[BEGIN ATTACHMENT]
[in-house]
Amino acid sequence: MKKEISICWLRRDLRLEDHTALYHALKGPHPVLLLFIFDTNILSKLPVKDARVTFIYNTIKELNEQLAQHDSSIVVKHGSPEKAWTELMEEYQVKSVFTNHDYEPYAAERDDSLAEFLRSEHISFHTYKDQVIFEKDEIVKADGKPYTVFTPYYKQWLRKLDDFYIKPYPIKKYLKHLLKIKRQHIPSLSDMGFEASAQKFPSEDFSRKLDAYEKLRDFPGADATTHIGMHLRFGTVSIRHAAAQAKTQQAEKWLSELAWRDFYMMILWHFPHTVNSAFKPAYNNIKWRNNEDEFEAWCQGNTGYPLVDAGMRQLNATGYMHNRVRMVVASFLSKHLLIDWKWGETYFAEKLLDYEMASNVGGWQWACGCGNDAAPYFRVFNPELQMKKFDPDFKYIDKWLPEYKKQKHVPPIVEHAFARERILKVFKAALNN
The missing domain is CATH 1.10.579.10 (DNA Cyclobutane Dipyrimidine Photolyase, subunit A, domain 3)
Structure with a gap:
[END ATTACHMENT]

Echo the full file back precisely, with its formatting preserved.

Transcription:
[in-house]
Amino acid sequence: MKKEISICWLRRDLRLEDHTALYHALKGPHPVLLLFIFDTNILSKLPVKDARVTFIYNTIKELNEQLAQHDSSIVVKHGSPEKAWTELMEEYQVKSVFTNHDYEPYAAERDDSLAEFLRSEHISFHTYKDQVIFEKDEIVKADGKPYTVFTPYYKQWLRKLDDFYIKPYPIKKYLKHLLKIKRQHIPSLSDMGFEASAQKFPSEDFSRKLDAYEKLRDFPGADATTHIGMHLRFGTVSIRHAAAQAKTQQAEKWLSELAWRDFYMMILWHFPHTVNSAFKPAYNNIKWRNNEDEFEAWCQGNTGYPLVDAGMRQLNATGYMHNRVRMVVASFLSKHLLIDWKWGETYFAEKLLDYEMASNVGGWQWACGCGNDAAPYFRVFNPELQMKKFDPDFKYIDKWLPEYKKQKHVPPIVEHAFARERILKVFKAALNN
The missing domain is CATH 1.10.579.10 (DNA Cyclobutane Dipyrimidine Photolyase, subunit A, domain 3)
Structure with a gap: